The Trude is a down-wing dry pattern with a calftail hairwing and a heavy hackle collar. Originally, the Trude was a wet fly designed by Carter H. Harrison of Chicago, Illinois, in the summer of 1906 while he was a guest at the A.S. Trude Ranch near Big Springs, Idaho. The fly was created as a joke using red yarn from a cabin rug for the body and hair from a red spaniel for the wing. The "joke" became an instant success and created great interest in the use of hair for a wing. The fly was later adapted to a dry fly dressing by including a tail and, probably saving the family pet some fur, switching to Fox Squirrel tail for the wing.
Hooks: TMC3761 or DAI1550, sizes 6-10
Tail: Narrow red goose quill section
Ribbing: Flat silver tinsel
Body: Dubbed with #4 red lambs wool
Wing: Fox squirrel tail over the body
Hackle: Dark ginger tied on as a collar and tied back
The fly proved itself on the Snake River in southwest Idaho. Word spread to other parts of the Rocky Mountain West. Bill Beaty, one of Montana's commercial tiers of the time, added the red goose quill tail. Cliff Wyatt of Santa Monica, California later added his variations of the pattern and Pat Barnes of West Yellowstone, Montana, took the two ideas and combined them, creating the Sofa Pillow. This time the fly emerged as a dry fly. Dan Bailey of Livingston Montana came up with his variations of the Trude. They had red, yellow and orange bodies with Adams-styled hackle. Later a lime colored dubbing was added and this fly, the Lime Trude, became one of the most popular variations being the choice for the Jackson Hole One-Fly Contest.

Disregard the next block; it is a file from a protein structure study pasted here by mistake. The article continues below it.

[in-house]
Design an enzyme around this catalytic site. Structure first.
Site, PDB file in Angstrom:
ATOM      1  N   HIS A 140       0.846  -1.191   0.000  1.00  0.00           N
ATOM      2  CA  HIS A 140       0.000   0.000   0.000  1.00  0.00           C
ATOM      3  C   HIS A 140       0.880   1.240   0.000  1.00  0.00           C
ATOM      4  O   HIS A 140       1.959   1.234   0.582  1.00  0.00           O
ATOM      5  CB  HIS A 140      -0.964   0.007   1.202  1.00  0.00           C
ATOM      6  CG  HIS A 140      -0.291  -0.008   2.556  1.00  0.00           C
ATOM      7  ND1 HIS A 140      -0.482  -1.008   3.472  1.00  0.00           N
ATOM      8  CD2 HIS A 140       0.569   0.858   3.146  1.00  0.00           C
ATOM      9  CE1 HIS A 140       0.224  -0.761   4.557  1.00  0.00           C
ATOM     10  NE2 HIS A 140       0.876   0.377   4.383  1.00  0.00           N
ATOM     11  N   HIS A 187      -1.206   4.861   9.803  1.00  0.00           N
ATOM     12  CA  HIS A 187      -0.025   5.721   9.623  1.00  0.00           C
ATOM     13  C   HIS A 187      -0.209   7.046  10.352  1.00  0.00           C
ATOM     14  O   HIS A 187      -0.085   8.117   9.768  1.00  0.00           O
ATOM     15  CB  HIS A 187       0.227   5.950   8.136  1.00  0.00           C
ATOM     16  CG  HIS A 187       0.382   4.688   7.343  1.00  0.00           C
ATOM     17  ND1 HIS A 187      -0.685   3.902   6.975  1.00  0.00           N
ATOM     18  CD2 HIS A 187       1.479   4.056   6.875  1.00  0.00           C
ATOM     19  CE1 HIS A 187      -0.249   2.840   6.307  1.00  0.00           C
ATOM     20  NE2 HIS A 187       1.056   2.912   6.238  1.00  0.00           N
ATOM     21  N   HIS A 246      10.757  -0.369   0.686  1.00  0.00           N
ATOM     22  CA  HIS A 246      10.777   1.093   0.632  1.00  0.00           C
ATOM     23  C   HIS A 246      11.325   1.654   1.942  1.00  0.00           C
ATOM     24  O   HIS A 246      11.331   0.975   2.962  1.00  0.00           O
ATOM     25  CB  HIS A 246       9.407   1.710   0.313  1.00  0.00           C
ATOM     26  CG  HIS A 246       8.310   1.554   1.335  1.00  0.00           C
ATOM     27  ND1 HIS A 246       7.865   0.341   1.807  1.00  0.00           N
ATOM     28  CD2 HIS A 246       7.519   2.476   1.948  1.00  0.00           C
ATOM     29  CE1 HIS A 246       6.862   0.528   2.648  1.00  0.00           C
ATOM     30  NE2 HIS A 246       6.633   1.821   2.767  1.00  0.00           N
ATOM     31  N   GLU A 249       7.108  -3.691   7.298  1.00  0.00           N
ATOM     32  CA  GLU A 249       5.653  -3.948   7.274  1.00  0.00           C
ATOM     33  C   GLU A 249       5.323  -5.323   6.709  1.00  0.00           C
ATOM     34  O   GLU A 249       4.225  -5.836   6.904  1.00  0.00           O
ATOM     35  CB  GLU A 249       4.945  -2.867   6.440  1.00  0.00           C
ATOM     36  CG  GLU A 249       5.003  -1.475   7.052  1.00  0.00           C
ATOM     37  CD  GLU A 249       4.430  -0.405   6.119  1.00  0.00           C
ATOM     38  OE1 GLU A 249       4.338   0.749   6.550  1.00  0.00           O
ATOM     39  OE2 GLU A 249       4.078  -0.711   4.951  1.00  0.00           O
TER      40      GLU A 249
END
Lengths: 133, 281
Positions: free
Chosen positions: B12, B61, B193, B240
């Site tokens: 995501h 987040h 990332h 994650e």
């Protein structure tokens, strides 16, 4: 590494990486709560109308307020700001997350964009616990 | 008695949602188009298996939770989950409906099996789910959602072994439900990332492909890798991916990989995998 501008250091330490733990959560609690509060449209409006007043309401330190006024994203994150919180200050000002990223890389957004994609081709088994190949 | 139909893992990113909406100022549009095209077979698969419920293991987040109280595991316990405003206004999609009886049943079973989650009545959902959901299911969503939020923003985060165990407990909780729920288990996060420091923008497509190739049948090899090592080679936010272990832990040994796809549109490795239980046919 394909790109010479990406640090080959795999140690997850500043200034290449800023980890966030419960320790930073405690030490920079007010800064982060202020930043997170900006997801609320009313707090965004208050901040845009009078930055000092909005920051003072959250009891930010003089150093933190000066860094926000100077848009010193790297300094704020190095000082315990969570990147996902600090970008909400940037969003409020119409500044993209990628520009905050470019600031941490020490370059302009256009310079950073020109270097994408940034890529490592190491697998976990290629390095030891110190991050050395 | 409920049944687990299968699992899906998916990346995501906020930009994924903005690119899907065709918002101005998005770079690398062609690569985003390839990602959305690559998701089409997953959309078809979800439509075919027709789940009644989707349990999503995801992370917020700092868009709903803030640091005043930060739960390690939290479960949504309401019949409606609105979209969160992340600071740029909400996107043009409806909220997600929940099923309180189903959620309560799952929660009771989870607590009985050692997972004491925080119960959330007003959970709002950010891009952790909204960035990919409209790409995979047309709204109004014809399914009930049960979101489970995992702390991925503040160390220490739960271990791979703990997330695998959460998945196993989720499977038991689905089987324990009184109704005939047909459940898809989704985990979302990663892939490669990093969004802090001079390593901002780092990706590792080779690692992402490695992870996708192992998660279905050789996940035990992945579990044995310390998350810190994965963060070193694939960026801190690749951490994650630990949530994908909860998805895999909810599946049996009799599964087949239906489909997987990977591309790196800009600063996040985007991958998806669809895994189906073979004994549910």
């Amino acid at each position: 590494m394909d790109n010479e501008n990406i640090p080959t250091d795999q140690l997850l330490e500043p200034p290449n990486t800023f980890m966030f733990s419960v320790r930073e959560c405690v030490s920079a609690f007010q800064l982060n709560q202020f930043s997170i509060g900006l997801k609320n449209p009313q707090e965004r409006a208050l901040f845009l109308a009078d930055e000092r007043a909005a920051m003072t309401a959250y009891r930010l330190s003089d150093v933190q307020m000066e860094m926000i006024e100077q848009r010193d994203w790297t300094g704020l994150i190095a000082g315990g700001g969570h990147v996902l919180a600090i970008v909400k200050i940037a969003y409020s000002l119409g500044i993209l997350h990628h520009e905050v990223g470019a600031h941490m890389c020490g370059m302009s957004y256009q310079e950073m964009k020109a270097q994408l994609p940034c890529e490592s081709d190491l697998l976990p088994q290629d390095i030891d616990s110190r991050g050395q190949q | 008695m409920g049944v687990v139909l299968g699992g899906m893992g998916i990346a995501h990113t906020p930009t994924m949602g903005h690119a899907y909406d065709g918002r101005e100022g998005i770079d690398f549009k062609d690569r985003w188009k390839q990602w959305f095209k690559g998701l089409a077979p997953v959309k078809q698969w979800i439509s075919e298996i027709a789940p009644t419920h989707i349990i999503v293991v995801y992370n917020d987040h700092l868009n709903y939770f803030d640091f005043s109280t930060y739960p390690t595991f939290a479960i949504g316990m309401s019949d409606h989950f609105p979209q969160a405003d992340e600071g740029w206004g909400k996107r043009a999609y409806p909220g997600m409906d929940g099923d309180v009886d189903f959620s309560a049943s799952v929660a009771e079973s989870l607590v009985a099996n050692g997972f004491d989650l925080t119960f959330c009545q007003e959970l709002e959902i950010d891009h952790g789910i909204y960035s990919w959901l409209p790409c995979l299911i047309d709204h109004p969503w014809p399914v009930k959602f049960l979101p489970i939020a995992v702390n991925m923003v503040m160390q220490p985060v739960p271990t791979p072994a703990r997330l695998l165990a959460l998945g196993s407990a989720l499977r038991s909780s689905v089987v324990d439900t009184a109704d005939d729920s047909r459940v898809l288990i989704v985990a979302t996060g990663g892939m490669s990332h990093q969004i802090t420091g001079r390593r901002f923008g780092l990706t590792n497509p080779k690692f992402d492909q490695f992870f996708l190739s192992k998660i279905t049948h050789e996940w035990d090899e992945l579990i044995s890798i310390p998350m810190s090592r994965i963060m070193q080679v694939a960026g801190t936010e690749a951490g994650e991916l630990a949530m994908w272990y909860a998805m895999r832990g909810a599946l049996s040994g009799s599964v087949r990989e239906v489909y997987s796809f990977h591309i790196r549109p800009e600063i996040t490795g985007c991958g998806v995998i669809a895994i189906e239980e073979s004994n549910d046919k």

By substituting the feather style wings with hair they often concluded that they had a Trude fly, never stopping to think that what they had was a hairwing variation. Such patterns as the Royal Coachman came to be known as the Royal Trude when it fact it could only be defined as a "Hairwing Royal Coachman". Due to the down-wing shape, the trude is often fished as a dry fly with a downstream drift but retrieved as a wetfly or streamer. This gives the fly a unique ability as an attractor.